Steven Gerrard says he felt a deep sense of pride and kinship in seeing "selfless" successor Jordan Henderson lead Liverpool to Champions League glory.

Reds great Gerrard watched on as the club he captained for over a decade battled to a 2-0 defeat of Premier League rivals Tottenham in Madrid on Saturday.

It was the sixth time the Anfield side have been crowned European champions and the first since the famous Gerrard-inspired comeback against AC Milan in 2005.

Sunderland product Henderson inherited the armband 10 years later and fittingly celebrated at the Wanda Metropolitano in front of his former team-mate and mentor.

"[I felt] proud that Liverpool were back at the top of European football and especially proud of Jordan because I know how hard he works," Gerrard wrote in a column for The Times.

"I know the sacrifices he has made, the pressure and scrutiny he has been under.

"If I had to name someone I regarded as the ultimate professional, Jordan would be right at the top of the list. He is immaculate in the way he lives his life.

"Some people don't see the stuff behind the scenes, the gym work, the way he eats, but he is someone who is an incredible role model."

Henderson had to compete for his position earlier this term and capped a commendable return to prominence with a 90-minute performance as Mohamed Salah and Divock Origi combined to sink Spurs.

Criticism has often followed the 28-year-old England international on Merseyside, but Gerrard believes he has done well under the "magnified" pressure of captaining Liverpool.

"Scrutiny will always be there whether you are a player, a coach or a manager," he said.

"Jordan has had his fair share, but he handles it well and the best thing to do is let your football do the talking.

"That is what he has done. That is what he will continue to do."

Jordan Henderson was delighted to put a smile on his father's face after opening up about their emotional embrace following Liverpool's Champions League triumph.

One of the lasting images of the Reds' 2-0 win over Tottenham in Madrid was the sight of Henderson hugging his dad, Brian, and breaking down in tears amid the celebrations.

The Liverpool captain's father was diagnosed with throat cancer six years ago and initially hid the diagnosis from Henderson for fear it would derail his football career.

And Henderson was delighted to share the moment with his dad, who has since received the all-clear.

"My dad has been through a lot over the past few years, not only with himself but with his family," Henderson said.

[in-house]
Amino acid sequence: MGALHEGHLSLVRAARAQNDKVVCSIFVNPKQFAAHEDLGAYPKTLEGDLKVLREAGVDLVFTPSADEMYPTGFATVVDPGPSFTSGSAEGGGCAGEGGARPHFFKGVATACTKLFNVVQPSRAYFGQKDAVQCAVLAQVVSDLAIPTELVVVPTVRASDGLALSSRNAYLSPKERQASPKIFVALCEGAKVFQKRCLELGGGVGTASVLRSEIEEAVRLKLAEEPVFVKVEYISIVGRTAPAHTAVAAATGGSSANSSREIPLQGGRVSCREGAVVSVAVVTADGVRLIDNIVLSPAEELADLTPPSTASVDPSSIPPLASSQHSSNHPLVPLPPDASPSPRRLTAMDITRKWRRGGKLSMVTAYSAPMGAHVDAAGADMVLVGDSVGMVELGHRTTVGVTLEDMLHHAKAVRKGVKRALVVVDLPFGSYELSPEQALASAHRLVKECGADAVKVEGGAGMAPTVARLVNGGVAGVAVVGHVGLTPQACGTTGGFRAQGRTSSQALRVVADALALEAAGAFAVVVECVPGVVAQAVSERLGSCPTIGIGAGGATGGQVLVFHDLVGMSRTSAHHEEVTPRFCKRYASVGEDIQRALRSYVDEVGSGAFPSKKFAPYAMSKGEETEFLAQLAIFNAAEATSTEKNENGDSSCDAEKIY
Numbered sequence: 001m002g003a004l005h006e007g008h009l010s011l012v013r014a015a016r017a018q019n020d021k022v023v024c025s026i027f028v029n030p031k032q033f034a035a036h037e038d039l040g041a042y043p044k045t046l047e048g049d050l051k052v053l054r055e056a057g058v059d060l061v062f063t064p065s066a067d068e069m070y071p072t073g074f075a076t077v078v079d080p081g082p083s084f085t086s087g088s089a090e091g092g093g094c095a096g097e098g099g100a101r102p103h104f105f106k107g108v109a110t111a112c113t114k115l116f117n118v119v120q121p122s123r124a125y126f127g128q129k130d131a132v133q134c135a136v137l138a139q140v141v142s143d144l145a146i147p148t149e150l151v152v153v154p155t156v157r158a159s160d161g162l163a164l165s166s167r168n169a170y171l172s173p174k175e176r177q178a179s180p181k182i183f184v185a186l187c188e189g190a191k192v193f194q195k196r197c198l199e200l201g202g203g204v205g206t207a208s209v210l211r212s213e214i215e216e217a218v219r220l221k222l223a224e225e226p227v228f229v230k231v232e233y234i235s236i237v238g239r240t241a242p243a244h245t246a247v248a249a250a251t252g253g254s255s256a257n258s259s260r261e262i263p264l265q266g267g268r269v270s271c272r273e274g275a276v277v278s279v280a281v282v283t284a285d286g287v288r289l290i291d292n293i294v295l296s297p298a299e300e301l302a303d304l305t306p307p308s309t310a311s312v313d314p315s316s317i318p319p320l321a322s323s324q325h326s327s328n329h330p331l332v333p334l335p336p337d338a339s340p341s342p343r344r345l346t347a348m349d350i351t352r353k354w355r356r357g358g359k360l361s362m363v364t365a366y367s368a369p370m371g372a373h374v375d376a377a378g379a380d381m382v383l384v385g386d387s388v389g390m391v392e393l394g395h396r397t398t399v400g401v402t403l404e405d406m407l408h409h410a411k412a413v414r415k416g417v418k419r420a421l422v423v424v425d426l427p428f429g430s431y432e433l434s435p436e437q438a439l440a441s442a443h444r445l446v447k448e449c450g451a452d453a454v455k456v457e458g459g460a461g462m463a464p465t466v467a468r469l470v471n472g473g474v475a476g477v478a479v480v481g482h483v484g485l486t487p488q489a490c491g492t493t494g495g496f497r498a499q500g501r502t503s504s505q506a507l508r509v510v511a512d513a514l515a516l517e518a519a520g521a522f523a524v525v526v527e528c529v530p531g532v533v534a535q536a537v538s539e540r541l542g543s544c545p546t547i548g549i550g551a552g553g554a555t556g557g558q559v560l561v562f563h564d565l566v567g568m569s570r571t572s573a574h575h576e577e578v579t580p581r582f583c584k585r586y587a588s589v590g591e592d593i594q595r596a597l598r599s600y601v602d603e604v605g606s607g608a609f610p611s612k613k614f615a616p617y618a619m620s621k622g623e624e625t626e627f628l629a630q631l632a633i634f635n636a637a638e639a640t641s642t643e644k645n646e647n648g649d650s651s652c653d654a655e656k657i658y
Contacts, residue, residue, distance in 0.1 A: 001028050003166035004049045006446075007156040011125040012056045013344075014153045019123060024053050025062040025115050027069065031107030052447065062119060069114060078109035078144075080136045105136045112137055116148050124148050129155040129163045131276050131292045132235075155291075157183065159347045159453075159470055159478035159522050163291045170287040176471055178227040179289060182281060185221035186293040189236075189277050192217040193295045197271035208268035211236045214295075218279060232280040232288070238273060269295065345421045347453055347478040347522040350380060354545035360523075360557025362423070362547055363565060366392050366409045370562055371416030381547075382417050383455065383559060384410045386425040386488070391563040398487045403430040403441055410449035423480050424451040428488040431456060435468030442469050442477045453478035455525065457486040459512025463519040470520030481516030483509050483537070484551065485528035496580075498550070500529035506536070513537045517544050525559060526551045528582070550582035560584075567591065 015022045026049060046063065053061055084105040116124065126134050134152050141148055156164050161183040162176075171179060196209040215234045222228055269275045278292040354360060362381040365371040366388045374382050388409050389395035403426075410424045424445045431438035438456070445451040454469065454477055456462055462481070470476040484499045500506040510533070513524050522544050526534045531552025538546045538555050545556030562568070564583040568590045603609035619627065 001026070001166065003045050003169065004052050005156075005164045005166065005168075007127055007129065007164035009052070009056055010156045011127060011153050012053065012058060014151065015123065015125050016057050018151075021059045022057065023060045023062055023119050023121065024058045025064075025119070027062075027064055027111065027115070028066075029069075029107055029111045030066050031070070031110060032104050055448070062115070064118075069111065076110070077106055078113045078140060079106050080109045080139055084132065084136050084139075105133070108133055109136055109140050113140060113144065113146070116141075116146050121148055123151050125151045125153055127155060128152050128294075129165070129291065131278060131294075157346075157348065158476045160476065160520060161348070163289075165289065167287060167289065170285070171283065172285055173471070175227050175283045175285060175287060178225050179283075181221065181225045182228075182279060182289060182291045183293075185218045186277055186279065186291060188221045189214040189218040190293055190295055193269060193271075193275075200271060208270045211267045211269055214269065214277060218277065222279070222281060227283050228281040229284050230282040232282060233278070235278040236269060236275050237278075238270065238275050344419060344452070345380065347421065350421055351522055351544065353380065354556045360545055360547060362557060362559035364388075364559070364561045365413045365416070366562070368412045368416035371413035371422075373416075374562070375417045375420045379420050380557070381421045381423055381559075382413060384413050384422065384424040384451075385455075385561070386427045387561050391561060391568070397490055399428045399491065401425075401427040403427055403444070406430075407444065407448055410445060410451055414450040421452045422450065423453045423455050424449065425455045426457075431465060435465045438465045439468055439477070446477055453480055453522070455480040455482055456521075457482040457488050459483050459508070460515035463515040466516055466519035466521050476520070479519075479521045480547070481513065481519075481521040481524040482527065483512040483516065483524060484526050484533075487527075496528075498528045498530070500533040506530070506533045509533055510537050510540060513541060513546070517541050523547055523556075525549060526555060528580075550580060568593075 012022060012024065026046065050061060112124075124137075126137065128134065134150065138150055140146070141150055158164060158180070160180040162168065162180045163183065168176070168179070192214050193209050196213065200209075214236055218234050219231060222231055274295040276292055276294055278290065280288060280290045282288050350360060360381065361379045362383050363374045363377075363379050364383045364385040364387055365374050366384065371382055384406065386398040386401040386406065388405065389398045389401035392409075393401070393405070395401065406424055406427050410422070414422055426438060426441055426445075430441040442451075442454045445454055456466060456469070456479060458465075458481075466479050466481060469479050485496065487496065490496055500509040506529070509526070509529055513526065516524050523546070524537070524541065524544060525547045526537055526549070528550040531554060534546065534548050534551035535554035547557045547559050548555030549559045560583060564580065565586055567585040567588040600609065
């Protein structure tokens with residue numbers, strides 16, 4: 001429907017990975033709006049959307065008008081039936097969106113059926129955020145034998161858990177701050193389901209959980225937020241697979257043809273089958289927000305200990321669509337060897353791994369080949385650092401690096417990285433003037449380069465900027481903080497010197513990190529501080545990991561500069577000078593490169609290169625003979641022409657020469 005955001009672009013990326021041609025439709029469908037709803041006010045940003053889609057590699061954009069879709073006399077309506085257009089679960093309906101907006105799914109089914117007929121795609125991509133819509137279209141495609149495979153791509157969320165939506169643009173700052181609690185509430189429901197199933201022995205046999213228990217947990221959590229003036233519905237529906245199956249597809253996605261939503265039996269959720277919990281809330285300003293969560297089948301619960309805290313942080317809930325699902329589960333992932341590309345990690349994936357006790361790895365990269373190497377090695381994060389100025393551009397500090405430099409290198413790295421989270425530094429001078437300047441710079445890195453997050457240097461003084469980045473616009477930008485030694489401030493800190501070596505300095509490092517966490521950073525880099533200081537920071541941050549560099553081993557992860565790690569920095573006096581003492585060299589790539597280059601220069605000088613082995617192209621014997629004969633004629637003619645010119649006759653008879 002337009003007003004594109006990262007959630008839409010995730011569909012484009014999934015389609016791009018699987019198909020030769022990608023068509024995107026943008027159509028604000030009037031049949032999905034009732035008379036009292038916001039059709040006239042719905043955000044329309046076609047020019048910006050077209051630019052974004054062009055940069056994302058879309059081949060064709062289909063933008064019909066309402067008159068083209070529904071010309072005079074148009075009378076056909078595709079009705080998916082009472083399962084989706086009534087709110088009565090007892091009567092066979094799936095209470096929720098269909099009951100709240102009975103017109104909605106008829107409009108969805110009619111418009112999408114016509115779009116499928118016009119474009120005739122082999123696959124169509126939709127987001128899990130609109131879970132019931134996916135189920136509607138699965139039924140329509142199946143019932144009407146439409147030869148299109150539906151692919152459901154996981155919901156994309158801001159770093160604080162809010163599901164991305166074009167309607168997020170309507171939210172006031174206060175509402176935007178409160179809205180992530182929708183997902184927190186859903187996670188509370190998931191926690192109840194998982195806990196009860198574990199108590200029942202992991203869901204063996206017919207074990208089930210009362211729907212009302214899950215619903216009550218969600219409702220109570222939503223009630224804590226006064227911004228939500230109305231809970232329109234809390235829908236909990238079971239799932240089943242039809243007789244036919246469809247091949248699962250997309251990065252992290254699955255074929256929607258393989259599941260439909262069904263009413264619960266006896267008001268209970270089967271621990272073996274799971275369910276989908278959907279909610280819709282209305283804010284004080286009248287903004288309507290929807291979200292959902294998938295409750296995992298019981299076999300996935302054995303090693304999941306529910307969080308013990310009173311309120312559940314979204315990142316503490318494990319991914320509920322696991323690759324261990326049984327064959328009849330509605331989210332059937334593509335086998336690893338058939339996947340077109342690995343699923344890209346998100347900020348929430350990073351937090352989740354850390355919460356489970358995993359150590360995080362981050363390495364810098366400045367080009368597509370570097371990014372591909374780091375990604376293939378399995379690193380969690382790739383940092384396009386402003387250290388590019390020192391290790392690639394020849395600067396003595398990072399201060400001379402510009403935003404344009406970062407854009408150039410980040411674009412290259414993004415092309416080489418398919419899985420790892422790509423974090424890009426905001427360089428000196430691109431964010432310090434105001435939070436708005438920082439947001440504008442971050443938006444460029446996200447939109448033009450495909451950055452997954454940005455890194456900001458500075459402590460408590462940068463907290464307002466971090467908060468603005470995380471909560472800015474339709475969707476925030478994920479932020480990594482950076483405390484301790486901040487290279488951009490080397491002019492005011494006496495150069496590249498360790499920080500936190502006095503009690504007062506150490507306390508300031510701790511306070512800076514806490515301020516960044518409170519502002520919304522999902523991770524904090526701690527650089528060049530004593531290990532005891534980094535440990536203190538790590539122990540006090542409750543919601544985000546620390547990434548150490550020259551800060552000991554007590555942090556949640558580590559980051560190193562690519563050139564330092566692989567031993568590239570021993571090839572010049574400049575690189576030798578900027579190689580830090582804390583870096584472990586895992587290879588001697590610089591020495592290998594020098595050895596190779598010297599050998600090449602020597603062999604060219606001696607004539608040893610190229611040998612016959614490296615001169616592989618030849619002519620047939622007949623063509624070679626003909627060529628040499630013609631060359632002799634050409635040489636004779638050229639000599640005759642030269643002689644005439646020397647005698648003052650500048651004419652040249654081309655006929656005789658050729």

"I am sure he will be so proud to see us win the game and win the Champions League. It will mean the world to him. I am just glad I can put a smile on his face.

"It's obviously emotional. We have come a long way as a team and we have had so many knockbacks and to finally get over the line... it is an amazing feeling and one that we will remember forever. It's so special."

It was an almost cathartic moment for Henderson, who has often faced criticism over his role at Liverpool.

And, after several near misses under boss Jurgen Klopp, the importance of winning European football's biggest prize is not lost on the England international.

"It was nice to know we have come back from so many disappointments and finally get over the line and win a big trophy," Henderson added. 

"It is an amazing night and hopefully we can use this to win more in the future, it gives us confidence to know we can win the Champions League and together we can move forward and hopefully win more trophies as well."

Jurgen Klopp described the Champions League trophy as "the people's cup" as he and Liverpool captain Jordan Henderson headed home to Merseyside to parade the silverware they won in Madrid on Saturday night.

The Reds emerged from a night of celebrations in high spirits on Sunday morning, after goals from Mohamed Salah and Divock Origi helped to secure the club's sixth triumph in Europe's top competition at the expense of Tottenham.

The victory ensured a fine season did not go unrewarded and Klopp's delight for his players was clear to see, but he said the glory would become real when the team returned home on Sunday.

"We are looking forward to Liverpool now," Klopp told Sky Sports.

"People said there will be a million people [attending the parade] and that will be special.

"I think that will be the moment when we really understand what we did. It is for the people, it’s the people's cup.

"We will see the joy in their faces, being close to them with the team. That doesn’t happen a lot and it will be amazing."

Klopp said he spent some time with the trophy in the Liverpool dressing room after the game and had the chance to "cuddle it a little bit" but it was skipper Henderson who carried it onto the team bus to the airport in Madrid.

The 28-year-old was in tears on the pitch at Estadio Wanda Metropolitano after the game, and he said being a Champions League winner would take some time to get used to.

"It feels amazing," said Henderson. "It still hasn’t sunk in properly, to be honest.

"But we're looking forward to taking it back to Liverpool to show the fans. Amazing night

"All the lads can't wait. We just want to get back and party in Liverpool."

Jurgen Klopp was delighted for Jordan Henderson after the Liverpool captain continued to silence critics by winning the Champions League.

Henderson helped Klopp's men to a 2-0 win over Tottenham in the Champions League final in Madrid on Saturday.

The England midfielder has been the subject of criticism during his time at Anfield, where he arrived in 2011, and Klopp was thrilled for the 28-year-old.

"I'm happy for the boys. You know what people said about a couple of players of this team," he told a news conference.

"Jordan Henderson is captain of the Champions League winner 2019 – that's satisfying actually.

"That Millie [James Milner] did it at the age of 33. They are all very important, but I can say again, without Millie's dressing-room talks before the game – with a non-native manager – I think it would not be possible. It's so important."